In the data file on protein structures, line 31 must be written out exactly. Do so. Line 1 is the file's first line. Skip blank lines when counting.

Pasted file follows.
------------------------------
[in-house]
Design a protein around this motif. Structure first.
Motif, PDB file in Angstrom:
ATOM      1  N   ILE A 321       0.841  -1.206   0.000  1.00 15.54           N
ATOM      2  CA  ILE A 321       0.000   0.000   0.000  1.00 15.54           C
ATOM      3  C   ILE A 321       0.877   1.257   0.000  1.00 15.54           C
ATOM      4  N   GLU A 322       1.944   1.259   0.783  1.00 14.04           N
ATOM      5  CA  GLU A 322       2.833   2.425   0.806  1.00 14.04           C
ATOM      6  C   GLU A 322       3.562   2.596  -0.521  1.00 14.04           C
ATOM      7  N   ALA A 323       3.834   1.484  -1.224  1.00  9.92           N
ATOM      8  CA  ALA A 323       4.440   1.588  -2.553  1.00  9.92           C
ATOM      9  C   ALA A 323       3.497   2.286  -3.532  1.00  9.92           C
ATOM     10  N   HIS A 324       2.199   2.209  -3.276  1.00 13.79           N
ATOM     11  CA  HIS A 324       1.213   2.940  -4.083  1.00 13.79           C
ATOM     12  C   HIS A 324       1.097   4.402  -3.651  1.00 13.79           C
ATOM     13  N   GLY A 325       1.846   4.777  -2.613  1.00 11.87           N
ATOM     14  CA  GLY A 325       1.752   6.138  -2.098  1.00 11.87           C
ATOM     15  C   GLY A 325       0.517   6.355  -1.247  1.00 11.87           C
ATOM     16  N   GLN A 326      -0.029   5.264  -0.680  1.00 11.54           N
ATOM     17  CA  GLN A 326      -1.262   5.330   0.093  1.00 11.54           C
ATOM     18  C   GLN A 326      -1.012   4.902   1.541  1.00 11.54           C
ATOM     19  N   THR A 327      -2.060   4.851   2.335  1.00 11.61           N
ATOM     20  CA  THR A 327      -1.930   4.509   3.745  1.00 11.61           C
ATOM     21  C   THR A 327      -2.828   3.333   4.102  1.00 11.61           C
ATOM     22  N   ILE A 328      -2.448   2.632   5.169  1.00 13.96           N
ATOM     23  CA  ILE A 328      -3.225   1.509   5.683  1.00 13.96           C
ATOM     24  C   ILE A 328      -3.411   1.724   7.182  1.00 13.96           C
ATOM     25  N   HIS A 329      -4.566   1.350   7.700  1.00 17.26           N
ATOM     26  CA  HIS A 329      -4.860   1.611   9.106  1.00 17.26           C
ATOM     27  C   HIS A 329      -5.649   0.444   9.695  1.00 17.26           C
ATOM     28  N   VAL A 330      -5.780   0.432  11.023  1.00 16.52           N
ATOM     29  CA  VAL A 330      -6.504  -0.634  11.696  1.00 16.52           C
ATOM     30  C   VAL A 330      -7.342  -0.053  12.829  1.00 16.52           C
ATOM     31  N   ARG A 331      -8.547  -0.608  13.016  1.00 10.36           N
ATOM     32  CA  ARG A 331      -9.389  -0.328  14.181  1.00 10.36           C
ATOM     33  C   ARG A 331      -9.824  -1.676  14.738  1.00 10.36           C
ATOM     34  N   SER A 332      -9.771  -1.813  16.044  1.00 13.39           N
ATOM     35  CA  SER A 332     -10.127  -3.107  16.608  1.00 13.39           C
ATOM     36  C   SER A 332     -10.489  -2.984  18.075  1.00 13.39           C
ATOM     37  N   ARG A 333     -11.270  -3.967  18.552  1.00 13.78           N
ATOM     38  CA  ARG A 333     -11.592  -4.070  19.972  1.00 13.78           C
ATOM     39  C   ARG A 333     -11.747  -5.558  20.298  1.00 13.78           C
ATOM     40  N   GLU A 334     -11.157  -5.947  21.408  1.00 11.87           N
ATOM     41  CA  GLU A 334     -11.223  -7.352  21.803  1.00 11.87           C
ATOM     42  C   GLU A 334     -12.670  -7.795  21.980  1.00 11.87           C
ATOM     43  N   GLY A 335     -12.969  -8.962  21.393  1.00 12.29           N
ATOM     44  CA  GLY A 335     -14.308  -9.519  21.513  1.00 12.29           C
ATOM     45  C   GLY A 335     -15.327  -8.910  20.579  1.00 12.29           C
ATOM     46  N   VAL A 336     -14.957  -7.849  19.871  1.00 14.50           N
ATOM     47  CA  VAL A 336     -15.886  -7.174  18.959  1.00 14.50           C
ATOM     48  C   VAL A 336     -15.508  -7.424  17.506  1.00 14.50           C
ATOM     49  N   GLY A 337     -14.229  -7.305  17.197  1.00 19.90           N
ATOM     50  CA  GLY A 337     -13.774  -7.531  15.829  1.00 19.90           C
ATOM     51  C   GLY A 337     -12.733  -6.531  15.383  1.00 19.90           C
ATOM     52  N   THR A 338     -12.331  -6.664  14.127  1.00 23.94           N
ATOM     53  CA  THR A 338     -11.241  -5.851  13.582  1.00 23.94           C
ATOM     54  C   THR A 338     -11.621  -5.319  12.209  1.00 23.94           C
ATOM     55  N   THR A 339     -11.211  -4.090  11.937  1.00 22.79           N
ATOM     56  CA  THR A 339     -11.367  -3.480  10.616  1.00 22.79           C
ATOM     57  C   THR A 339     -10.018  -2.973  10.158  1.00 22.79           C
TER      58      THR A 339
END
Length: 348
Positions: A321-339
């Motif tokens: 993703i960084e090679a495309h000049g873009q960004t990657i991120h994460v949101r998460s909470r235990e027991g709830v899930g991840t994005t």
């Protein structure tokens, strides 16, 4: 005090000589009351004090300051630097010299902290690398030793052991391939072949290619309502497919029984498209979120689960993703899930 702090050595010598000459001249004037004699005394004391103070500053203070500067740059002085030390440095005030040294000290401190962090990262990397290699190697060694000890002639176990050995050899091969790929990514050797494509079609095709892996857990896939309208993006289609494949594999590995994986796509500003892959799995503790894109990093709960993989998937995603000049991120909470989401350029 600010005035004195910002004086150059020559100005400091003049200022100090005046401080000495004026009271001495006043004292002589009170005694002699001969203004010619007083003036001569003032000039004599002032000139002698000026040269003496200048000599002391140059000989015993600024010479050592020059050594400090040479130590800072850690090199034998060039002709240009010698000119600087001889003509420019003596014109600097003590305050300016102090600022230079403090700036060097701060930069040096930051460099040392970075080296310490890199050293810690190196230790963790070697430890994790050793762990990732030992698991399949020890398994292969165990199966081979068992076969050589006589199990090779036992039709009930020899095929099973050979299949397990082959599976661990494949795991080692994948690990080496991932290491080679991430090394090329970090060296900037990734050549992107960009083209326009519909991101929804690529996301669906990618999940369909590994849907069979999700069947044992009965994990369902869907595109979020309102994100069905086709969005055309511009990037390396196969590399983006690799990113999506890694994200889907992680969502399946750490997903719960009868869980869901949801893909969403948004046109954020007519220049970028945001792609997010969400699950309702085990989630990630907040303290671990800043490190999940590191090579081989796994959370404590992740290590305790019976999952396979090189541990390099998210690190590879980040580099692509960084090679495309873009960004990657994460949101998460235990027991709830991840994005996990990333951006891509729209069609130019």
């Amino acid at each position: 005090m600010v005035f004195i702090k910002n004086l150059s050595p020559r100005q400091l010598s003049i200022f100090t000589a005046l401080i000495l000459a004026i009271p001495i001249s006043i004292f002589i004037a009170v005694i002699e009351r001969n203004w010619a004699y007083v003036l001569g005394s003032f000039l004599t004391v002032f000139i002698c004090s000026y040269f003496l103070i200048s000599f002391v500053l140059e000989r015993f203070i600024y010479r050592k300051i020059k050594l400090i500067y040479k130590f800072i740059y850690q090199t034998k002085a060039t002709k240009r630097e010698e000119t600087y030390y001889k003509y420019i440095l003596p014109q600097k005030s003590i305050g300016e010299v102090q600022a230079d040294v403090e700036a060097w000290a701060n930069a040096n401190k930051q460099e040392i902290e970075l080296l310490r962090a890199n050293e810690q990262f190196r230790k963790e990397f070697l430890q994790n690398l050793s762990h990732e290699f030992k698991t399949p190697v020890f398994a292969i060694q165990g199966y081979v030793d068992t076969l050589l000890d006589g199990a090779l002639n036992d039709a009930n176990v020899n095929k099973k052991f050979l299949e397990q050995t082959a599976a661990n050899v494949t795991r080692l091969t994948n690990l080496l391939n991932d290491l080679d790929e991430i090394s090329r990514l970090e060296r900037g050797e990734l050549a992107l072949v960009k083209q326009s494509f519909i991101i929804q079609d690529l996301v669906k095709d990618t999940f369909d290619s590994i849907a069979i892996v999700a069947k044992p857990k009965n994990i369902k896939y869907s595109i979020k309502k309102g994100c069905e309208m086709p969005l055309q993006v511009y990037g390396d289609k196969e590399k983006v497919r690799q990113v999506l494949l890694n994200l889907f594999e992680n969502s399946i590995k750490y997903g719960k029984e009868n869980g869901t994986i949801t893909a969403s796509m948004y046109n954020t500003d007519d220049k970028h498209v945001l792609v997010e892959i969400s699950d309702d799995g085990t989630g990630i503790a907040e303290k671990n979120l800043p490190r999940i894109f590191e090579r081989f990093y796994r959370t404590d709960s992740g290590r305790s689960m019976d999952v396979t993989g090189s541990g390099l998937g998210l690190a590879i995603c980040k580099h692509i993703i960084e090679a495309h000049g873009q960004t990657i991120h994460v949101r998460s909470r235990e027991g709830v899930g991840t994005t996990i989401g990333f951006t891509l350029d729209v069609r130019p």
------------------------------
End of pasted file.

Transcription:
ATOM     28  N   VAL A 330      -5.780   0.432  11.023  1.00 16.52           N